Cerebral Structure and Cognitive Performance in African Americans and European Americans with Type 2 Diabetes

Fang Chi Hsu, Kaycee M. Sink, Christina E. Hugenschmidt, Jeff D. Williamson, Timothy M. Hughes, Nicholette D. Palmer, Jianzhao Xu, S. Carrie Smith, Benjamin C. Wagner, Christopher T. Whitlow, Donald W. Bowden, Joseph A. Maldjian, Jasmin Divers, Barry I. Freedman

Research output: Contribution to journalArticlepeer-review

10 Scopus citations


Background African Americans typically perform worse than European Americans on cognitive testing. Contributions of cardiovascular disease (CVD) risk factors and educational quality to cognitive performance and brain volumes were compared in European Americans and African Americans with type 2 diabetes. Methods Association between magnetic resonance imaging-determined cerebral volumes of white matter (WMV), gray matter (GMV), white matter lesions (WMLV), hippocampal GMV, and modified mini-mental state exam (3MSE), digit symbol coding (DSC), Rey Auditory Verbal Learning Test (RAVLT), Stroop, and verbal fluency performance were assessed in Diabetes Heart Study Memory in Diabetes (MIND) participants. Marginal models incorporating generalized estimating equations were employed with serial adjustment for risk factors. Results The sample included 520 African Americans and 684 European Americans; 56 per cent female with mean ± SD age 62.8 ± 10.3 years and diabetes duration 14.3 ± 7.8 years. Adjusting for age, sex, diabetes duration, BMI, HbA1c, total intracranial volume, scanner, statins, CVD, smoking, and hypertension, WMV (p =.001) was lower and WMLV higher in African Americans than European Americans (p =.001), with similar GMV (p =.30). Adjusting for age, sex, education, HbA1c, diabetes duration, hypertension, BMI, statins, CVD, smoking, and depression, poorer performance on 3MSE, RAVLT, and DSC were seen in African Americans (p = 6 × 10 -23 -7 × 10 -62). Racial differences in cognitive performance were attenuated after additional adjustment for WMLV and nearly fully resolved after adjustment for wide-range achievement test (WRAT) performance (p =.0009-.65). Conclusions African Americans with type 2 diabetes had higher WMLV and poorer cognitive performance than European Americans. Differences in cognitive performance were attenuated after considering WMLV and apparent poorer educational quality based on WRAT.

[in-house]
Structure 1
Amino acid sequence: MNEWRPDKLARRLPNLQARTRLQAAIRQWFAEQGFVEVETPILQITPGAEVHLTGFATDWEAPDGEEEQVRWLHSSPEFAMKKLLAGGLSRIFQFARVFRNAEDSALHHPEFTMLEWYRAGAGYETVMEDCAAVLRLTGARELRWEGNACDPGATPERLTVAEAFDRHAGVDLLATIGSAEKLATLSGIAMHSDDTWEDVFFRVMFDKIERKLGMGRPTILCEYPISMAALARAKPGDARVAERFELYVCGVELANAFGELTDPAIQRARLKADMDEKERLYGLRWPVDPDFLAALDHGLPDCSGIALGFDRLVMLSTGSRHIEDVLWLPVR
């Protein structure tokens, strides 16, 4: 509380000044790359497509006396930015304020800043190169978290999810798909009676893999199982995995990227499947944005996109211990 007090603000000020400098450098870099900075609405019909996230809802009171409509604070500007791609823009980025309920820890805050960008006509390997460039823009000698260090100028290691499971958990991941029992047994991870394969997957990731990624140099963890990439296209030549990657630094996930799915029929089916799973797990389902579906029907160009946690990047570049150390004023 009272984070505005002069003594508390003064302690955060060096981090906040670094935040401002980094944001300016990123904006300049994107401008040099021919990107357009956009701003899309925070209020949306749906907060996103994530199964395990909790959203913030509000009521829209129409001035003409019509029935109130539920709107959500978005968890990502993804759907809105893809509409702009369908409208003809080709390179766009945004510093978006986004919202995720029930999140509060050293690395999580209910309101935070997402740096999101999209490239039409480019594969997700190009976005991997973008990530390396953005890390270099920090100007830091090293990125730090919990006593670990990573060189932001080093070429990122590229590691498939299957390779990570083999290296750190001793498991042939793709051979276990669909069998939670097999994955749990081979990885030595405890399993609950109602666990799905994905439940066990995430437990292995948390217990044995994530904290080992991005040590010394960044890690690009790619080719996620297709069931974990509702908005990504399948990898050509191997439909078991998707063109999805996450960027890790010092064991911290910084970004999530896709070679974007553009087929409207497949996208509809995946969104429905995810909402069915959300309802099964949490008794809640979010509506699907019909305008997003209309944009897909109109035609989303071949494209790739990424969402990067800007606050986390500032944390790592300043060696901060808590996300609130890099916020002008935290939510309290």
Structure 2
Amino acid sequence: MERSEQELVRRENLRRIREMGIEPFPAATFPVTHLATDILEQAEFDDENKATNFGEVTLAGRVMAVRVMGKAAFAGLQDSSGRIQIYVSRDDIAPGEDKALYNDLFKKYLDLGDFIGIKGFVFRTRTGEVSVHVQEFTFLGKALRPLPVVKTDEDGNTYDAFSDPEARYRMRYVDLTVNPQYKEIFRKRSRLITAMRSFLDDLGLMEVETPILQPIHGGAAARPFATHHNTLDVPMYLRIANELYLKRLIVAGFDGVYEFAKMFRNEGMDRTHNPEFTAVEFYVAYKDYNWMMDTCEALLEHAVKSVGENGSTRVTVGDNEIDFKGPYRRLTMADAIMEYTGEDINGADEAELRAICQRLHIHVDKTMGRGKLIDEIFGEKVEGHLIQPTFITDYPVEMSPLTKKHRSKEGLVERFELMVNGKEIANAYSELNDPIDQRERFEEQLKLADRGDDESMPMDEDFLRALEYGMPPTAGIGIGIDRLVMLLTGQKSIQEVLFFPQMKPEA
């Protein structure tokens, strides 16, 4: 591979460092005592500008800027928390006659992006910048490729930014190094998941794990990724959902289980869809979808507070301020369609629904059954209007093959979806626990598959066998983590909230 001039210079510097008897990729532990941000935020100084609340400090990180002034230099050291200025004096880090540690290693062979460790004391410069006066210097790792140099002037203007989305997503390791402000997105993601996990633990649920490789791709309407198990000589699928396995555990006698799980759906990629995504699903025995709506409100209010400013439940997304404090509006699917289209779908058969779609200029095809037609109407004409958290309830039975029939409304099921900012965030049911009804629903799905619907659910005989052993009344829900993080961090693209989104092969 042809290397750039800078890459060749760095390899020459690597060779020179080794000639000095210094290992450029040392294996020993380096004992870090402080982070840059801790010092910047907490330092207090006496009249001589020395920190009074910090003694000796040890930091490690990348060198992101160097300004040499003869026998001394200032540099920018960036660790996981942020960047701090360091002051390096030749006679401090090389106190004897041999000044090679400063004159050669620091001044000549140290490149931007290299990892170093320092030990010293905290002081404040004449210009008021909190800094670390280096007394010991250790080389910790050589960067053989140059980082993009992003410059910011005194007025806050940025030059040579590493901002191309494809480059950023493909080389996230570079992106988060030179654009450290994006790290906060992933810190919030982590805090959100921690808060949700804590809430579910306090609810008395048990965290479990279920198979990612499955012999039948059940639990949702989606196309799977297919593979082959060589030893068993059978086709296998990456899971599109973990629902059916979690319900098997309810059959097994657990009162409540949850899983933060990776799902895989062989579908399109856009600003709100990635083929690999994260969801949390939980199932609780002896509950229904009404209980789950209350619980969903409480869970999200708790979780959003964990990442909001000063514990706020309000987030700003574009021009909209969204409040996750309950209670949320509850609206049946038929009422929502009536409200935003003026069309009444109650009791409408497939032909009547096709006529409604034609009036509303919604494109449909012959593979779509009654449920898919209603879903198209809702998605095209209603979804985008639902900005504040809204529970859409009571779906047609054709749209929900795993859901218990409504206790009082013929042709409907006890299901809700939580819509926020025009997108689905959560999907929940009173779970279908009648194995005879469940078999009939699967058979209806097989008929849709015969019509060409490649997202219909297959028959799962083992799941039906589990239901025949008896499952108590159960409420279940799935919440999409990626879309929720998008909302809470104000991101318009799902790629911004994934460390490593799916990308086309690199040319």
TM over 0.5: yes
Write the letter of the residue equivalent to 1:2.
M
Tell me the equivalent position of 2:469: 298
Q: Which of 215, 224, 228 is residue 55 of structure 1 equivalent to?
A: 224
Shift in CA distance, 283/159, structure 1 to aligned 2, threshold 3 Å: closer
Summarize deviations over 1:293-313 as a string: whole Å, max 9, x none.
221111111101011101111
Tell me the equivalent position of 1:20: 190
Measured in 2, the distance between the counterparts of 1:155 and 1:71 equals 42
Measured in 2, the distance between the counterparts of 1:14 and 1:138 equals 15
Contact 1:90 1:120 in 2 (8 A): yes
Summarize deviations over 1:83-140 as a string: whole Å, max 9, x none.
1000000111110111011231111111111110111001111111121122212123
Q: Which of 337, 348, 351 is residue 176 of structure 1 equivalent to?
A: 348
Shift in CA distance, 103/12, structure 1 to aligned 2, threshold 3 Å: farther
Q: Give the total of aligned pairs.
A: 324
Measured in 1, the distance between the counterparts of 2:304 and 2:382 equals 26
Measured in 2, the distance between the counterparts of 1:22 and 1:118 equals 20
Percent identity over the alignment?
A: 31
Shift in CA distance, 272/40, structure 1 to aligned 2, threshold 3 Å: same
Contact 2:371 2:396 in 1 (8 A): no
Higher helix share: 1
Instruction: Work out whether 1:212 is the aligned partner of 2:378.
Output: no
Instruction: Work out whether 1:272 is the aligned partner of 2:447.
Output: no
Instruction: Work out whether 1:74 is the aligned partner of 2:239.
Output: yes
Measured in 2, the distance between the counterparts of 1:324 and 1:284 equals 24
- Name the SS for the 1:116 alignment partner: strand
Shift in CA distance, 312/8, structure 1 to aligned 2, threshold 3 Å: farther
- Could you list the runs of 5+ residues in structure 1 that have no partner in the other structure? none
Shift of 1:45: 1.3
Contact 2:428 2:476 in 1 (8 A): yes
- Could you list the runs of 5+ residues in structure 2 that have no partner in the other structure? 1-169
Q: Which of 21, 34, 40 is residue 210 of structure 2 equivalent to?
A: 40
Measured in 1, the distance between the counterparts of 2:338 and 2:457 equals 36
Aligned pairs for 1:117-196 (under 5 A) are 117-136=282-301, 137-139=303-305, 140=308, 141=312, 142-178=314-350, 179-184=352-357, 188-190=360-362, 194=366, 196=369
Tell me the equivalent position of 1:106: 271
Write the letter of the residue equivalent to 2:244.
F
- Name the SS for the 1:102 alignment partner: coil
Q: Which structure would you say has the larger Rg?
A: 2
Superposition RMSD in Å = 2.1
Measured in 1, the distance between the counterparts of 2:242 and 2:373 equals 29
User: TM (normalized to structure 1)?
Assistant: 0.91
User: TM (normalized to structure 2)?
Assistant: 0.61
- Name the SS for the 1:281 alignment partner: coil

Original languageEnglish (US)
Pages (from-to)407-414
Number of pages8
JournalJournals of Gerontology - Series A Biological Sciences and Medical Sciences
Issue number3
StatePublished - Mar 2 2018


  • Brain
  • Cognition
  • Educational quality
  • Health disparities
  • Minority aging

ASJC Scopus subject areas

  • Aging
  • Geriatrics and Gerontology


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